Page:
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Publication numberUS5401822 A
Publication typeGrant
Application numberUS 08/190,951
Publication dateMar 28, 1995
Filing dateFeb 3, 1994
Priority dateFeb 3, 1994
Fee statusLapsed
Also published asCA2141518A1, DE69516436D1, DE69516436T2, EP0666280A2, EP0666280A3, EP0666280B1
Publication number08190951, 190951, US 5401822 A, US 5401822A, US-A-5401822, US5401822 A, US5401822A
InventorsWarde T. Collins, Chung M. Kuo, John C. Saam
Original AssigneeDow Corning Corporation
Export CitationBiBTeX, EndNote, RefMan
External Links: USPTO, USPTO Assignment, Espacenet
Stereoregular poly(methyl(3,3,3-trifluoropropyl)-siloxane) polymers and methods for making
US 5401822 A
Abstract
The present invention is stereoregular poly{methyl(3,3,3-trifluoropropyl)siloxane} polymers and copolymers and methods for their making. The process involves reacting isomers of 1,3,5-trimethyl-1,3,5-tris(3',3',3'-trifluoropropyl)cyclotrisiloxane in the presence of an aprotic polar promoter and a lithium compound. The lithium compound initiates ring opening and polymerization of the isomers without effecting the steric arrangement of the isomers. Elastomers prepared by cross-linking polymers of the present invention can have sufficient cis 3,3,3-trifluoropropyl substitution to allow the elastomers to strain crystallize and provide reinforcement to the elastomers at typical use temperatures.
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Claims(19)
We claim:
1. A process for making poly{methyl(3,3,3-trifluoropropyl)siloxane} polymers, the process comprising:
(A) forming a mixture comprising an aprotic polar promoter, isomer of 1,3,5-trimethyl-1,3,5-tris(3',3',3'-trifluoropropyl)cyclotrisiloxane where 30 to 100 mole percent of the isomer is in cis configuration, optionally about 0.05 to 5.0 mole percent of an organocyclotrisiloxane comprising at least one reactive cross-linkable substituent bonded to silicon per organocyclotrisiloxane molecule, and a lithium compound comprising at least one lithium atom attached to a silicon atom through an oxygen atom; and
(B) maintaining the mixture under essentially anhydrous conditions at a temperature at which the lithium compound and the isomer react.
2. A process according to claim 1, where the lithium compound is described by formula ##STR5## where each R1 is an independently selected monovalent hydrocarbon radical comprising one to 20 carbon atoms, each R2 is independently selected from a group consisting of R1 and 3,3,3-trifluoropropyl, X is selected from a group consisting of --R2, --OR1 --OH and --OLi, and n is an integer from one to about 50.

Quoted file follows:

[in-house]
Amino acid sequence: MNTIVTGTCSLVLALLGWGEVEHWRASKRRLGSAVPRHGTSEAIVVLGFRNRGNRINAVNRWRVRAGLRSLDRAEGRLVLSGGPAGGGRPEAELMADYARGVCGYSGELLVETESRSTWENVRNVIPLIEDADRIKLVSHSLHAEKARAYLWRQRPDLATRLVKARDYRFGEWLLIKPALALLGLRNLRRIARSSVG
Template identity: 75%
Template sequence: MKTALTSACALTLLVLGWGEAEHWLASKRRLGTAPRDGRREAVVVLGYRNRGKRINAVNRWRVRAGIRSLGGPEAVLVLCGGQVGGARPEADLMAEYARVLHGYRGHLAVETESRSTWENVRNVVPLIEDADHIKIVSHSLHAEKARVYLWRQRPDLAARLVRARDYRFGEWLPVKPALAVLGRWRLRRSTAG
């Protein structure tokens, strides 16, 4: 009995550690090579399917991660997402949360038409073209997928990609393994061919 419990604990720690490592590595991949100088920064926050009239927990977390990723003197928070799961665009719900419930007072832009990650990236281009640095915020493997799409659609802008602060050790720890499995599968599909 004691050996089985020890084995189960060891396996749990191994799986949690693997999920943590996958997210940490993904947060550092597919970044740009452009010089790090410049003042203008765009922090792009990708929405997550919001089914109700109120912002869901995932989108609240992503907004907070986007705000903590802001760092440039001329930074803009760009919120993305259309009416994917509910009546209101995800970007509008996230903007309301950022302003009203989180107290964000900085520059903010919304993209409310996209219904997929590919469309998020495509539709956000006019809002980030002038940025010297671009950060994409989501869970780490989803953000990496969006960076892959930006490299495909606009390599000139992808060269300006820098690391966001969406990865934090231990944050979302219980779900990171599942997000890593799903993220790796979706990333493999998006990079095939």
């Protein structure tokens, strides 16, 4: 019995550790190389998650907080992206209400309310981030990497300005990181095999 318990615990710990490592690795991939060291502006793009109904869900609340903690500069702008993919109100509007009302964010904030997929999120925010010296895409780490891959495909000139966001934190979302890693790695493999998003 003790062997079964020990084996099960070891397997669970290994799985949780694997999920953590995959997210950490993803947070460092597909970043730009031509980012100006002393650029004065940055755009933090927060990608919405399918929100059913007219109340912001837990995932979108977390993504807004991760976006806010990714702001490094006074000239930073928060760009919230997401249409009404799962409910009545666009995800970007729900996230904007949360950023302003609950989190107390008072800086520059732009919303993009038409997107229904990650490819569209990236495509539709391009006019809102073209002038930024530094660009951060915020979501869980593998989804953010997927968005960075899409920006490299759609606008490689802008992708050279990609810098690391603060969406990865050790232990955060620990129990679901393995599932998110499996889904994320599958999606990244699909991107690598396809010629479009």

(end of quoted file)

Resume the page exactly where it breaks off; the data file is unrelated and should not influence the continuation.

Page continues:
3. A process according to claim 2, where R2 is 3,3,3-trifluoropropyl, R1 is methyl, n=1 or 3, and X is --OLi.
4. A process according to claim 2, where R1 and R2 are phenyl, n=1, and X is --OLi.
5. A process according to claim 1, where the aprotic polar promoter is selected from a group consisting of tetrahydrofuran, ethylene glycol dimethylether, dimethylsulfoxide, crown ethers, alkyl N-substituted carboxylic amides, and hexamethylphosphoramide.
6. A process according to claim 1, where the aprotic polar promoter is tetrahydrofuran.
7. A process according to claim 1, further comprising an aprotic solvent.
8. A process according to claim 7, where the aprotic solvent is selected from a group consisting of tetrahydrofuran and methylene chloride.
9. A process according to claim 7, where the aprotic solvent is methylene chloride and the aprotic polar promoter is tetrahydrofuran.
10. A process according to claim 1, where the temperature is within a range of about -50 C. to 150 C.
11. A process according to claim 1, where the temperature is within a range of about -20 C. to 30 C.
12. A poly{methyl(3,3,3-trifluoropropyl)siloxane} polymer produced by the process of claim 1.
13. A poly{methyl(3,3,3-trifluoropropyl)siloxane} polymer produced by the process of claim 2.
14. A poly{methyl(3,3,3-trifluoropropyl)siloxane} polymer described by formula ##STR6## where each R1 is an independently selected monovalent hydrocarbon comprising one to 20 carbon atoms, each R2 is independently selected from a group consisting of R1 and 3,3,3-trifluoropropyl, R3 is 3,3,3-trifluoropropyl, R4 is methyl, Q is selected from a group consisting of --OR1 and --OH; Z is selected from a group consisting of --R1, --H, and --Li; y is an integer of three to about 10,000, n is an integer of one to about 50 and the ratio of n to n+y is less than about 0.3, and about 30 to 100 mole percent of the trifluoropropyl substitution is in cis configuration.
15. A poly{methyl(3,3,3-trifluoropropyl)siloxane} polymer according to claim 14, were y=20 to 1000, n=1 to 10, and about 40 to 85 mole percent of the trifluoropropyl substitution is in cis configuration.
16. A poly{methyl(3,3,3-trifluoropropyl)siloxane} polymer according to claim 15, where each R1 is independently selected from a group consisting of methyl and phenyl, each R2 is independently selected from a group consisting of methyl, phenyl, and 3,3,3-trifluoropropyl, O is --OH, and Z is --H.
17. A poly{methyl(3,3,3-trifluoropropyl)siloxane} polymer described by formula ##STR7## where each R1 is an independently selected monovalent hydrocarbon comprising one to 20 carbon atoms, each R2 is independently selected from a group consisting of R1 and 3,3,3-trifluoropropyl, R3 is 3,3,3-trifluoropropyl, R4 is methyl, each Z is independently selected from a group consisting of --R1, --H, and --Li; n is an integer of one to about 50 and the ratio of n to n+2m is less than about 0.3, each m is an integer from 3 to about 5,000 and 2m is ≦10,000, and about 30 to 100 mole percent of the trifluoropropyl substitution is in cis configuration.